In riveting case studies, Robert Zussman describes how medical decisions in ICUs are considered and reconsidered, made and remade, negotiated and renegotiated. He concentrates on the practice of medical ethics, on the ways in which right and wrong are interpreted and used in the ward--how definitions of right and wrong emerge from the social situations of patients, families, doctors, and nurses and from the workings of hospitals and the courts. His book is a portrait of the way careful planning is undermined by the unpredictability of illness and the persistence of self-interest, by high principle and curious compromise.
Robert Zussman is professor of sociology at the University of Massachusetts, Amherst.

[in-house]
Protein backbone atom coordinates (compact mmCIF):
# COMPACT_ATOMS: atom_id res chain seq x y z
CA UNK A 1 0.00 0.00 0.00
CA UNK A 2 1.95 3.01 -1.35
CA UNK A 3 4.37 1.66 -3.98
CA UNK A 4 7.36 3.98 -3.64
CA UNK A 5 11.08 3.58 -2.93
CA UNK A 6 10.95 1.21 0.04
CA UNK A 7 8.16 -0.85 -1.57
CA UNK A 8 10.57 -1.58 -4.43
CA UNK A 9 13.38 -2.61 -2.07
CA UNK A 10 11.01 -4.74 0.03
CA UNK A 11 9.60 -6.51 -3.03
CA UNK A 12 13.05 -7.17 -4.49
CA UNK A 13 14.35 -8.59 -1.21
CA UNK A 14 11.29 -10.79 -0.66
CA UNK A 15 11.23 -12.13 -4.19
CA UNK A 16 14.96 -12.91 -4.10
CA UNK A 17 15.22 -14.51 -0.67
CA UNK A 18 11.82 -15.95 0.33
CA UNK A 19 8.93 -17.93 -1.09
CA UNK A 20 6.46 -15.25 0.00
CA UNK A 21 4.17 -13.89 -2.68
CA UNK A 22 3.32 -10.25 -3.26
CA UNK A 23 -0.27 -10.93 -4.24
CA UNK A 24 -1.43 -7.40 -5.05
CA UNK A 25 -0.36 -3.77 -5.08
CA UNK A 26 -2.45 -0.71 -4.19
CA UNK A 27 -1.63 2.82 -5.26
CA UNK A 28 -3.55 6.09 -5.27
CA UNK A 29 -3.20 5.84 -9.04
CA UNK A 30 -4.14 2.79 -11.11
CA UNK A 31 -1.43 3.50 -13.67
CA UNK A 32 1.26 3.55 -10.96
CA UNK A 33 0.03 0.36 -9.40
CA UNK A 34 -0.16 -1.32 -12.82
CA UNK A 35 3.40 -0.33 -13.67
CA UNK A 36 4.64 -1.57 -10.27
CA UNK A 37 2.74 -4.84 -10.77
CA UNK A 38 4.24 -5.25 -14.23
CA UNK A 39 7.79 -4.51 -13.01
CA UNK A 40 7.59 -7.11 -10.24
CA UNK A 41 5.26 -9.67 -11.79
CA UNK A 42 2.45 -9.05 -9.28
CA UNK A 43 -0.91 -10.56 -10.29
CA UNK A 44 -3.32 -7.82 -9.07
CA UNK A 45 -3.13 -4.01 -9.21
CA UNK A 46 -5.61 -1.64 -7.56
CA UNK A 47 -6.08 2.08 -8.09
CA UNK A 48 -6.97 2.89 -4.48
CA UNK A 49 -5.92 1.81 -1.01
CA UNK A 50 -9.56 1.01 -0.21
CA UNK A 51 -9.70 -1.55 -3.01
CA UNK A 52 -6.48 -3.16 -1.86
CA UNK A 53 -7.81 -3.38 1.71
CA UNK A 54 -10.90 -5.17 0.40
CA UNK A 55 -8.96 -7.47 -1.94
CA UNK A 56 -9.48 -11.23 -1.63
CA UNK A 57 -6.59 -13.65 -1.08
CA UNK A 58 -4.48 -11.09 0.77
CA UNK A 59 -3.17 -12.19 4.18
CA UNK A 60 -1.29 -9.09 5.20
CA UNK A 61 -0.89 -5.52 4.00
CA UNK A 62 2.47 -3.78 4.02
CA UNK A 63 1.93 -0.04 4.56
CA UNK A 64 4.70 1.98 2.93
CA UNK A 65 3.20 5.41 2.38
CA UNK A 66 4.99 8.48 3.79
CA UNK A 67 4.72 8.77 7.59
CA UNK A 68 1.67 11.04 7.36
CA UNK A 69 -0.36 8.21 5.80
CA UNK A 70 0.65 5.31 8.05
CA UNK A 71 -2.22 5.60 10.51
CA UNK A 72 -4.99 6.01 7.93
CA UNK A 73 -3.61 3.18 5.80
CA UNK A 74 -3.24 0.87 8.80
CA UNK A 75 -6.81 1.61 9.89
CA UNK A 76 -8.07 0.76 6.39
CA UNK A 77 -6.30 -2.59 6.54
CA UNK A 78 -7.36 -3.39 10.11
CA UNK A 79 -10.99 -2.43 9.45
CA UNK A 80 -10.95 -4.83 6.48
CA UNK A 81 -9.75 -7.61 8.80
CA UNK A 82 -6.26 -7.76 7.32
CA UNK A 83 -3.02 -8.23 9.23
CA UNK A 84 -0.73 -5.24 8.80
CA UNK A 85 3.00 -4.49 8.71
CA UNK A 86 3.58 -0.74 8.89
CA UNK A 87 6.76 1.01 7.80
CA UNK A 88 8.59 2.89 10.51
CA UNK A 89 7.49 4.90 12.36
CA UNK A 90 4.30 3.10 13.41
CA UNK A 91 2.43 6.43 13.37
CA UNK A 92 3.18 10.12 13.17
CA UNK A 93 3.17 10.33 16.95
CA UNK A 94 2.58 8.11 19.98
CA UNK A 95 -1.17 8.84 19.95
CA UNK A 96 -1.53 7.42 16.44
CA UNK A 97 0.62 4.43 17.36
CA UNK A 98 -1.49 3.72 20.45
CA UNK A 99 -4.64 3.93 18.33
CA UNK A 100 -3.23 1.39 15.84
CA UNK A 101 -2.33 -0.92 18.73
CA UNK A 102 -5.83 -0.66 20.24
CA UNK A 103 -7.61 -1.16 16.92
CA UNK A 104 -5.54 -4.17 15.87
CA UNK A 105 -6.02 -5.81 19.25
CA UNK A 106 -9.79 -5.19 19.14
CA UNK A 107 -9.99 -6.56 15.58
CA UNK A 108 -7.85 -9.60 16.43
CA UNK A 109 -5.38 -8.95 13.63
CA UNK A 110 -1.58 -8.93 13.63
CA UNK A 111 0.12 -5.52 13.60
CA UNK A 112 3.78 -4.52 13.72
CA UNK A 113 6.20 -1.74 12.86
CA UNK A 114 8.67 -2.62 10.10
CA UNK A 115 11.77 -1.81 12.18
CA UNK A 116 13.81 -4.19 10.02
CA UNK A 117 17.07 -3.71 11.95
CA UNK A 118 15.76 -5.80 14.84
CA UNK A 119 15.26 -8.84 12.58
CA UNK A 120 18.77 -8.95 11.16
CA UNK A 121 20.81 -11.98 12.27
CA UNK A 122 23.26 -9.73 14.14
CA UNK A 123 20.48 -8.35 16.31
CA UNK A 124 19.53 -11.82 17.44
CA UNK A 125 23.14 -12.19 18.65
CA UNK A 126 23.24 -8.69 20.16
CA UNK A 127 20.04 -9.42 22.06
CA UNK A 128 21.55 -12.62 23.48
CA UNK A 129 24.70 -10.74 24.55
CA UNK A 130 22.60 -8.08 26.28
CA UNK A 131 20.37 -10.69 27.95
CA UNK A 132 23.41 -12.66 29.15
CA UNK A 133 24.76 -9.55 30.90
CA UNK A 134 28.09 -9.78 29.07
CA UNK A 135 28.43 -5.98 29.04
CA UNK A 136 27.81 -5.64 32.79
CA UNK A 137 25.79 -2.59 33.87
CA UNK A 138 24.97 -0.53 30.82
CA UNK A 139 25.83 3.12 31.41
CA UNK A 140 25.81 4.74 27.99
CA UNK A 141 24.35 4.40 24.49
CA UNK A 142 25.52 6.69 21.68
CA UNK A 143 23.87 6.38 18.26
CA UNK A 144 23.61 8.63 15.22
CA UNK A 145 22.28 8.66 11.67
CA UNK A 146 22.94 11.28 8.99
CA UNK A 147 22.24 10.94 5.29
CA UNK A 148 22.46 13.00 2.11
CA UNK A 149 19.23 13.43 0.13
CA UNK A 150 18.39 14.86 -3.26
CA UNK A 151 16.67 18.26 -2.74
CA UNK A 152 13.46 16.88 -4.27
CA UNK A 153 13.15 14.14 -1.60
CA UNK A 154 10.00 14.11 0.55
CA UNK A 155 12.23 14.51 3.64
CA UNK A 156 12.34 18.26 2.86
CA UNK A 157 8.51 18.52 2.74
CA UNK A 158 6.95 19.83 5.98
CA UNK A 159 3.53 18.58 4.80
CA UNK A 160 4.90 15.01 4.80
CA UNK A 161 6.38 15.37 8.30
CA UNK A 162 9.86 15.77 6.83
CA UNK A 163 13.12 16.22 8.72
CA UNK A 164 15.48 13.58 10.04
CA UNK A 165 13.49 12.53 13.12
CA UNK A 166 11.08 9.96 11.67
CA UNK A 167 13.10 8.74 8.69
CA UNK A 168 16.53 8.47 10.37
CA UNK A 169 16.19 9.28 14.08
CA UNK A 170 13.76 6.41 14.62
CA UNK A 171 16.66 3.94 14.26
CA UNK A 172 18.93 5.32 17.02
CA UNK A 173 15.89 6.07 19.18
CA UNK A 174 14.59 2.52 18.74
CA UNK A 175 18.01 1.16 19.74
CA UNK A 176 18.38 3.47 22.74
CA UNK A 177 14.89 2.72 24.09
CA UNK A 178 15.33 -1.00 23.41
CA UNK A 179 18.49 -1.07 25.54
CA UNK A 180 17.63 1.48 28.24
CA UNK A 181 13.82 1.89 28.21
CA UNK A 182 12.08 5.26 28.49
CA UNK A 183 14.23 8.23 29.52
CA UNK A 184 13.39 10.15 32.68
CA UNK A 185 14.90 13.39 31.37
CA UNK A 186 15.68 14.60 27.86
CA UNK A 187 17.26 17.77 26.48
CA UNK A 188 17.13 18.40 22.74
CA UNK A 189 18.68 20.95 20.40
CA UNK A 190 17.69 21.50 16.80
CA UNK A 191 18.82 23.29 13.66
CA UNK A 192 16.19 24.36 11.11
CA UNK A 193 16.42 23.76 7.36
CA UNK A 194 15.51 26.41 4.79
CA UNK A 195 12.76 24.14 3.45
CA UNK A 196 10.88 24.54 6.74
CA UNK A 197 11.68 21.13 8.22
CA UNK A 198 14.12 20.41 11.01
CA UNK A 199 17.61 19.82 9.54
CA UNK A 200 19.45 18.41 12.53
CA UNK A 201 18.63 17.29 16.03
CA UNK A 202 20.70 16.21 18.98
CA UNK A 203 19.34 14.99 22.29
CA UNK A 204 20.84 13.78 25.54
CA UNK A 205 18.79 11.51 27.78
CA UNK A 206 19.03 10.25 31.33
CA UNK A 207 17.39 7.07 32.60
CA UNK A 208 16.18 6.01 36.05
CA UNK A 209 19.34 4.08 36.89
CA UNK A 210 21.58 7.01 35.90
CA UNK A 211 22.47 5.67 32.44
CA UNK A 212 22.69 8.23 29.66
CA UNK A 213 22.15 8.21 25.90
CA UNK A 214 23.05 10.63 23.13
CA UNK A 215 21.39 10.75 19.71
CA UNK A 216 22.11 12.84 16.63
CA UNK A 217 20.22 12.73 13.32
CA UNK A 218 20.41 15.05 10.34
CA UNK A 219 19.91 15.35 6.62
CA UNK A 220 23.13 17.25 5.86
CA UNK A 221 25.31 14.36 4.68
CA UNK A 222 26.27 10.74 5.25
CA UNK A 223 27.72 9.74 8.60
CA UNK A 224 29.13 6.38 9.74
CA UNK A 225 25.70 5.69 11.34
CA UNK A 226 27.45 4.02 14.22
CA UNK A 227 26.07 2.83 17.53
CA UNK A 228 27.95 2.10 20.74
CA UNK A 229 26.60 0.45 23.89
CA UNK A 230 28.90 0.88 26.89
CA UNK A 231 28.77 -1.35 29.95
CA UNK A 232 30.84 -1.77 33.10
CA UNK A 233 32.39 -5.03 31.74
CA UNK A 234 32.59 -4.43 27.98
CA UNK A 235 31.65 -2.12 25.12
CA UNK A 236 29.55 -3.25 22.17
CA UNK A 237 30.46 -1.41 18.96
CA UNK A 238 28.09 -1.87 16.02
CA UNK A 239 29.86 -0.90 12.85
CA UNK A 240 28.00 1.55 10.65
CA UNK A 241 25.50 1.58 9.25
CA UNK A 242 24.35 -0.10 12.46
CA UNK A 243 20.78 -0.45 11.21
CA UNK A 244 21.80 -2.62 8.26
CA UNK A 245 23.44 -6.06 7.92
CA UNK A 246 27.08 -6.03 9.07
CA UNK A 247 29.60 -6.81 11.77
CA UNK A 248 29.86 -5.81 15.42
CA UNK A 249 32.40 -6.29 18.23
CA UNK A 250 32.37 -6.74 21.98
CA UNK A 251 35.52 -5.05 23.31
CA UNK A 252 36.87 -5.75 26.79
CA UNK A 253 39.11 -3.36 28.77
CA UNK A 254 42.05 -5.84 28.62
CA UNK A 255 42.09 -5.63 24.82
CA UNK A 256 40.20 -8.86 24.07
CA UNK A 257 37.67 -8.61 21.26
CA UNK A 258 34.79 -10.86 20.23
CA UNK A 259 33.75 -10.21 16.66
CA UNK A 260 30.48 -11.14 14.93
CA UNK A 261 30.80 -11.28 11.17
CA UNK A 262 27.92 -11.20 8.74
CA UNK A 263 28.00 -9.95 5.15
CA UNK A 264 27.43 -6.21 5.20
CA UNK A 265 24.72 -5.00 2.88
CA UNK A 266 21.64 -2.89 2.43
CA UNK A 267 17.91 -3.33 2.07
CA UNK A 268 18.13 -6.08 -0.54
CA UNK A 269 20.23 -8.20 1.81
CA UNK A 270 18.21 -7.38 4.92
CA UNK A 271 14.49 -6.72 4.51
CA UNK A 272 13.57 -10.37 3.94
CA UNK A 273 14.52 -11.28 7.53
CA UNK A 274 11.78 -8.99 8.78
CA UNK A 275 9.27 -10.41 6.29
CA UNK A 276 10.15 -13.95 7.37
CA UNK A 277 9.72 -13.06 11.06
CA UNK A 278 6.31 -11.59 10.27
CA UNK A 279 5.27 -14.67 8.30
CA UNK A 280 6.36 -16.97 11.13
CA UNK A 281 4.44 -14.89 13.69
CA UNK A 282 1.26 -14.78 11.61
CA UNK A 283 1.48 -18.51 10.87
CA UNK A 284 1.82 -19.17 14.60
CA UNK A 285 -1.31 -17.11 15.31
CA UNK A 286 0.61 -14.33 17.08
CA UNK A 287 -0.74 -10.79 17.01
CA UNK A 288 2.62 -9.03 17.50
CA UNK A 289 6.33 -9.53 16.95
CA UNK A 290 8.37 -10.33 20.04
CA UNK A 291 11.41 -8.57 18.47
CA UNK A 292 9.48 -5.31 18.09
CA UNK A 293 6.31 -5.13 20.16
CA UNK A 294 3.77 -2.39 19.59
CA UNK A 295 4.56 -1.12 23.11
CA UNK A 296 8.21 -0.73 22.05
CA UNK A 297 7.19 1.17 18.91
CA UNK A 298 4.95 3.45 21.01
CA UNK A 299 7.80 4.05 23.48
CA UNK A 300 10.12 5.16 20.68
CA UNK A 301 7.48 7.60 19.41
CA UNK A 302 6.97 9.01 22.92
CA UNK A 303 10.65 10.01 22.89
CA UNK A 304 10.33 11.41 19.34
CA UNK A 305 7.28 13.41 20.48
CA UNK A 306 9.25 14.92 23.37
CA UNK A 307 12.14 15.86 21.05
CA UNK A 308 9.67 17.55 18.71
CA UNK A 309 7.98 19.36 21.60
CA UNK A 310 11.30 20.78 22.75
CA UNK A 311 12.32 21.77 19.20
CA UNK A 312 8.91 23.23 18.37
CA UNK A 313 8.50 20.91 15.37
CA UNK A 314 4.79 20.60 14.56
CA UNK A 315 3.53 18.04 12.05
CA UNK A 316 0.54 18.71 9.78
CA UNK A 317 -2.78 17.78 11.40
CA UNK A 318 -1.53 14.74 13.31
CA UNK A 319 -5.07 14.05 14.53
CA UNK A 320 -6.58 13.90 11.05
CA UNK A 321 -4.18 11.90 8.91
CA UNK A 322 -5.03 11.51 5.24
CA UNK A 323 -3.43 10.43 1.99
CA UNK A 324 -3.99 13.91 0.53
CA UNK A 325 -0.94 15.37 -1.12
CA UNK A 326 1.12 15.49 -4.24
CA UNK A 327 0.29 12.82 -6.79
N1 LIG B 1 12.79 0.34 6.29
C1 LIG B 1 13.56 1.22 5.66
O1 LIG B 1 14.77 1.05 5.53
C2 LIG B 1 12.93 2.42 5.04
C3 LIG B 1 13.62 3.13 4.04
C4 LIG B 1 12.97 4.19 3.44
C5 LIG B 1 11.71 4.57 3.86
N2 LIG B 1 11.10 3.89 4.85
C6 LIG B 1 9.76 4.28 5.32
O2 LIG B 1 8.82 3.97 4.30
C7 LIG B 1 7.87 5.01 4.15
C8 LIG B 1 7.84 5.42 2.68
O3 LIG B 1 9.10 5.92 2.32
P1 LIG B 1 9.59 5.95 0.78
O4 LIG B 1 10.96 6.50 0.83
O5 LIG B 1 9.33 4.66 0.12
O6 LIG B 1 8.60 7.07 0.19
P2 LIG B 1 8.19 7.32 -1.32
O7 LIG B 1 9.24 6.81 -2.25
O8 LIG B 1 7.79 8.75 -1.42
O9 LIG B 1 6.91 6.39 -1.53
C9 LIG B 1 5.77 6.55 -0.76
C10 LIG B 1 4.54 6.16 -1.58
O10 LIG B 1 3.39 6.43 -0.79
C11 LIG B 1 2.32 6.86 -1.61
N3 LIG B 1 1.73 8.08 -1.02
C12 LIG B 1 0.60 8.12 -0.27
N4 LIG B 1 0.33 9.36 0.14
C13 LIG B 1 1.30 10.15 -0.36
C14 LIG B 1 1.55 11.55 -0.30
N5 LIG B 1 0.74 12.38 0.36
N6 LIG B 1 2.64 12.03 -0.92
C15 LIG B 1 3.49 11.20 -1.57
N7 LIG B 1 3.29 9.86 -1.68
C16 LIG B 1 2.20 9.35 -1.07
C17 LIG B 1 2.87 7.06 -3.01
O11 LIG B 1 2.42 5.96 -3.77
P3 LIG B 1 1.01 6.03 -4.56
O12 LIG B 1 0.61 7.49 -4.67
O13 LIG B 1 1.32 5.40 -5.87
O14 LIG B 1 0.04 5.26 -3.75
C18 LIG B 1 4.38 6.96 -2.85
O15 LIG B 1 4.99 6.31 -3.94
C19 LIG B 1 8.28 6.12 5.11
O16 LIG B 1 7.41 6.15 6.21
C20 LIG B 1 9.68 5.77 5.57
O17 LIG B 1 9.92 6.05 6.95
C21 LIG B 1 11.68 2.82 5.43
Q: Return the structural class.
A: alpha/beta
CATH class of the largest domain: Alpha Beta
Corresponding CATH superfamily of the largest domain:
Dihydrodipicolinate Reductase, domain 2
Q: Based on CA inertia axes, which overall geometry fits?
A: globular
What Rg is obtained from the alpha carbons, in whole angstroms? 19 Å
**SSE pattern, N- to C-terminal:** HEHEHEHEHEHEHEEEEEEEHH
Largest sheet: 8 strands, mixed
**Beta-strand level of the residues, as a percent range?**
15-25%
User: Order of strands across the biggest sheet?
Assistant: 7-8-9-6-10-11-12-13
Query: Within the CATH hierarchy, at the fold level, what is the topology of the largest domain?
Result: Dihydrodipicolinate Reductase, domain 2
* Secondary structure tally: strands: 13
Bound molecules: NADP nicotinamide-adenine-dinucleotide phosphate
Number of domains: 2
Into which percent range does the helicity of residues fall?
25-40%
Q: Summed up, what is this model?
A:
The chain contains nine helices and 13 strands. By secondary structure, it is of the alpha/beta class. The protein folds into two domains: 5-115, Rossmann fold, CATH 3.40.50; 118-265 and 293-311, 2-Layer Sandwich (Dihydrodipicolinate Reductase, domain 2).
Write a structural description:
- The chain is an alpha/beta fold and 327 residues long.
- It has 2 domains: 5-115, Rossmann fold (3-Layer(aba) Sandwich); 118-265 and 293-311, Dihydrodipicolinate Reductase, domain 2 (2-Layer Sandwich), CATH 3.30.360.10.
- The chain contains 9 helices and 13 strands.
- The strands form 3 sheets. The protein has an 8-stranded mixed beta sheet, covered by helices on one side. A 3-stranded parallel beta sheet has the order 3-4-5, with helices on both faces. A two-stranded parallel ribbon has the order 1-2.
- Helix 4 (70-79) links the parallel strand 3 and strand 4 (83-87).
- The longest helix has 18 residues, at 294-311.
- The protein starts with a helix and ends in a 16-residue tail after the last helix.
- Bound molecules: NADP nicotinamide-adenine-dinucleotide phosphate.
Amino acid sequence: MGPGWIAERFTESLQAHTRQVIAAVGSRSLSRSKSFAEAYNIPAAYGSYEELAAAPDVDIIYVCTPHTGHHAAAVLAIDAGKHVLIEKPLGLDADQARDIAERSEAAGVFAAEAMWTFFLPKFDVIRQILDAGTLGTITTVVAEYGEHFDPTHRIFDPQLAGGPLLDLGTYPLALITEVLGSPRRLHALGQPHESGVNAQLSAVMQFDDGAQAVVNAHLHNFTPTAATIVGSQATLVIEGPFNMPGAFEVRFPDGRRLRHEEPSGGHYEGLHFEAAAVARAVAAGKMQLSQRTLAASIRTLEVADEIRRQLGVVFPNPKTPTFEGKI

Acknowledgments 1: Medical Ethics and the Medical Profession 2: Intensive Care Pt. 1: The Moral Order of Intensive Care 3: The Patient 4: Doctors: The Banality of Heroism 5: The Nurse's Dilemma 6: Patienthood and the Culture of Rights 7: Patients and Families Pt. 2: Medical Ethics: Triage and the Limitation of Treatment 8: "Penguins in the Basement" 9: Uncertainty, the Social Organization of Medicine, and Limitation of Treatment 10: Withholding, Withdrawing, and the "Terminal" Patient 11: Ethics, Families, and Technical Reason 12: The "Do Not Resuscitate" Order as Ritual 13: "A Legal Thing" 14: The Last Bed 15: Medicine's Two Cultures Appendix: On Method General Index Index of Doctors, Nurses, Patients, and Families of Patients